I have a program where I want to minimize an absolute difference of two variables (an absolute error function). Say:

e_abs(x, y) = |Ax - By|; where e_abs(x, y) is my objective function that I want to minimize.

The function is subjected to the following constrains:

x and y are integers;
x >= 0; y >= 0
x + y = C, where C is an arbitrary constant (also C >= 0)

I am using the mip library (https://www.python-mip.com/), where I have defined both my objective function and my constrains.

The problem is that mip does not have an "abs" method. So I had to overcome that by spliting the main problem into two optimization sub-problems:

e(x, y) = Ax - By

Porblem 1: minimize e(x, y); subject to e(x, y) >= 0
Porblem 2: maximize e(x, y); subject to e(x, y) <= 0

After solving the two separate problems, compare the two results, yield the min(abs(e)).

That should have worked, but mip does not seem to understand that the error can be negative. As I show below:

constr(0): -1.0941176470588232 X(0, 0) +6.199999999999998 X(1, 0) - error = -0.0
constr(1): error <= -0.0
constr(2): X(0, 0) + X(1, 0) = 1.0

Obs.: consider X(0, 0) as x and X(1, 0) as y in our example

Again, the program results OptimizationStatus.INFEASIBLE, where clearly the combination X(0, 0) = 1 and X(1, 0) = 0 solves the problem.

Is it a formulation issue of my model? Or is it a bad behavior of the mip library?

  • 1
    Post your code. Commented Sep 28, 2020 at 20:20

1 Answer 1


You can (and should) reformulate. Because you are minimizing the absolute value of a function, you can introduce a dummy variable and 2 constraints on that variable and then minimize the dummy variable to keep it linear. (ABS is a non-linear function).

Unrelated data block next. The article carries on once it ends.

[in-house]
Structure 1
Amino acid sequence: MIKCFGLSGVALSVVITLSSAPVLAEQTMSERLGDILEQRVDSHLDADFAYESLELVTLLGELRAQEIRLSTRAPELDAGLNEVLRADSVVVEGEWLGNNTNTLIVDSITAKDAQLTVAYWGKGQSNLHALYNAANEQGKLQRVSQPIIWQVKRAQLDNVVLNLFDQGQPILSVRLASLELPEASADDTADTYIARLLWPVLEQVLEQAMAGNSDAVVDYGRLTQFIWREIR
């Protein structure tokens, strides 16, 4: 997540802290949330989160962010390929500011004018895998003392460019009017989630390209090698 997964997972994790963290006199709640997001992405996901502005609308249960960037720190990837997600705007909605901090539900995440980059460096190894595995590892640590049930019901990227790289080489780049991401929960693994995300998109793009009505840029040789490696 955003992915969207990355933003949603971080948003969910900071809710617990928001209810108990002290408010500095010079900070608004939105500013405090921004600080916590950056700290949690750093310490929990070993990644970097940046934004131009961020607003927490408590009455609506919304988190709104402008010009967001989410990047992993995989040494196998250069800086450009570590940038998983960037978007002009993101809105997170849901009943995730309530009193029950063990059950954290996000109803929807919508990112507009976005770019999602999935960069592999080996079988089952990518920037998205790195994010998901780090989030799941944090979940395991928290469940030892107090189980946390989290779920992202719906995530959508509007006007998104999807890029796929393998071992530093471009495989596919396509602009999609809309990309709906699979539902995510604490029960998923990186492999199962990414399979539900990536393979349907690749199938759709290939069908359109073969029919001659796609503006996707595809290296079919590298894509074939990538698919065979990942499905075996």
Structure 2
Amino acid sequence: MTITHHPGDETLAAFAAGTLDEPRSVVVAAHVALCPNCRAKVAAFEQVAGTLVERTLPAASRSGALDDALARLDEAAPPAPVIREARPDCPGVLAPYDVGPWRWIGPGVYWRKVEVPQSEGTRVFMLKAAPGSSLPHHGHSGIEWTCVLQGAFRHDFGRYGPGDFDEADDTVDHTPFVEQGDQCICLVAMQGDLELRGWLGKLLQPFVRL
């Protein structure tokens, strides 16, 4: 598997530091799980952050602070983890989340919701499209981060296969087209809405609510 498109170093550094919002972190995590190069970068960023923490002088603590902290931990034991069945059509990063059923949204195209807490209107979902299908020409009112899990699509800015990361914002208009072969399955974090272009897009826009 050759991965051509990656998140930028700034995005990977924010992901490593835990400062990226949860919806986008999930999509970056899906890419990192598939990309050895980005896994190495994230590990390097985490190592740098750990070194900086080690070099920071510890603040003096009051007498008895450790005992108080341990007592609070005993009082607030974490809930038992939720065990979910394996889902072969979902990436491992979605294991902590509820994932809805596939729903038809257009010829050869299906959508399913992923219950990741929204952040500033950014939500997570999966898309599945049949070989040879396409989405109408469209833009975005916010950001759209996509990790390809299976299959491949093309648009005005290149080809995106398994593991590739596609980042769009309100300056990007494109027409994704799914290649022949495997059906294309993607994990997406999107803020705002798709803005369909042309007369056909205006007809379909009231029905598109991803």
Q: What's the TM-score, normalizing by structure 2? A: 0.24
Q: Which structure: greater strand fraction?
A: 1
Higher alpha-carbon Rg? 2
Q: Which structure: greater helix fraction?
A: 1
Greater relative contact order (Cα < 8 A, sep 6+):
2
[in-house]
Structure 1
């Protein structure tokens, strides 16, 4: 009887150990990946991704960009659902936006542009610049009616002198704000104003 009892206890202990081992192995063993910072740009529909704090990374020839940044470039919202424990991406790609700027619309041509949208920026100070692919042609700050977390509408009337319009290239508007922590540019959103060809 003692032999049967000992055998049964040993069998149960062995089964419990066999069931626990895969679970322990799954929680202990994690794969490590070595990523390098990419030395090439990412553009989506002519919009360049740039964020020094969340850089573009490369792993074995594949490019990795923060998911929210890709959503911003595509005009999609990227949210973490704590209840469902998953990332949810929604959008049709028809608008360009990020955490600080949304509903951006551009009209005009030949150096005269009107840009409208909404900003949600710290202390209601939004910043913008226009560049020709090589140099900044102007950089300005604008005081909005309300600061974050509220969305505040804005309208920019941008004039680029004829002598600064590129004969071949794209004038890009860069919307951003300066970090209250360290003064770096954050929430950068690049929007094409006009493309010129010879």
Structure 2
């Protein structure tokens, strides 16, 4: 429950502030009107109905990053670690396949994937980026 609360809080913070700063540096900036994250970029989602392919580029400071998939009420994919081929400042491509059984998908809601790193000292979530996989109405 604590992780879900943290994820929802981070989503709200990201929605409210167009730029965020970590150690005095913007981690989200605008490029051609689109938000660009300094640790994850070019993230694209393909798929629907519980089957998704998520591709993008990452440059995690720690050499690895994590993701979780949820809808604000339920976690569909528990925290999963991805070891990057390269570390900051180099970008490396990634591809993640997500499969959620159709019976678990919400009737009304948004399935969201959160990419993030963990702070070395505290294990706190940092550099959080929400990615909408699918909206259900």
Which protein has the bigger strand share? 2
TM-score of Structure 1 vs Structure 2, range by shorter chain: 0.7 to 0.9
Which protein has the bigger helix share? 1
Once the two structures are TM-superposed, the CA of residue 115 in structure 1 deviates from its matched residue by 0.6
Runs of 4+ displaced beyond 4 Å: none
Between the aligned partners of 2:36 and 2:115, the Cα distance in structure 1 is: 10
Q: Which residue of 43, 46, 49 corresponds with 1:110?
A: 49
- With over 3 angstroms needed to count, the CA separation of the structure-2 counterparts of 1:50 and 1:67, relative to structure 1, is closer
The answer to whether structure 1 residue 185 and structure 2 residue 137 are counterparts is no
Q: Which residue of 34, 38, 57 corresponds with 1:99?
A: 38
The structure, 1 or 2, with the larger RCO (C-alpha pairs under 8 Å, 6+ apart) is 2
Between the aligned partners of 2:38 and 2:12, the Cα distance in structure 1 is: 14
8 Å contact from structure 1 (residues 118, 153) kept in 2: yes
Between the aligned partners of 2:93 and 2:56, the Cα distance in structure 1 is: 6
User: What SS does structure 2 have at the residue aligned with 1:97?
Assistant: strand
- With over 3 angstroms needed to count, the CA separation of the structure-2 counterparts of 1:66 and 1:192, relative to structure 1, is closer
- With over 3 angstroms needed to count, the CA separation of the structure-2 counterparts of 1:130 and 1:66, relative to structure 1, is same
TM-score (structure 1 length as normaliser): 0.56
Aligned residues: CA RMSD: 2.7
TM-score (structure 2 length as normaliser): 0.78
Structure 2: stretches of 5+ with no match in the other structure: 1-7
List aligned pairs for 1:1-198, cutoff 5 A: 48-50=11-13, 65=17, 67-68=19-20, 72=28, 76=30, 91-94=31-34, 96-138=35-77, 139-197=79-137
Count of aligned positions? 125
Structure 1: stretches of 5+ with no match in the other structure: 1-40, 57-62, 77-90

So, introduce z such that:

z >= Ax - By


z >= -(Ax - By)

then your objective is to minimize z

Edit: For sum of absolute differences

In the case where you wish to minimize the sum of absolute differences, only slightly more work is required as you will need to repeat the above process for the indexing variable. Assuming that x and y are indexed by the set I you simply need to (in pseudocode ... implementation differs slightly based on framework):

Introduce z[i], which is indexed by the same set 'I' and

for i in I:
  z[i] >= Ax[i] - By[i]
  z[i] >= -(Ax[i] - By[i])

and minimize:

∑z[i]  (over the set I)
  • Wouldn't it be z >= Ax - By and z >= -(Ax - By)?
    – nicolasakf
    Commented Sep 28, 2020 at 21:05
  • Yep! I bungled transcribing your function. I'll edit the answer.
    – AirSquid
    Commented Sep 28, 2020 at 21:08
  • 1
    And what if I had an objective function that is the result of a sum of absolute differences?
    – nicolasakf
    Commented Sep 28, 2020 at 21:12
  • But how do I get the values of x and y from this ? Commented Aug 12, 2021 at 1:26
  • That is completely dependent on which optimization framework you are using. Presumably, you solve the problem, minimizing z and then interrogate the solver for the values of the variables of interest in the solution
    – AirSquid
    Commented Aug 12, 2021 at 3:19

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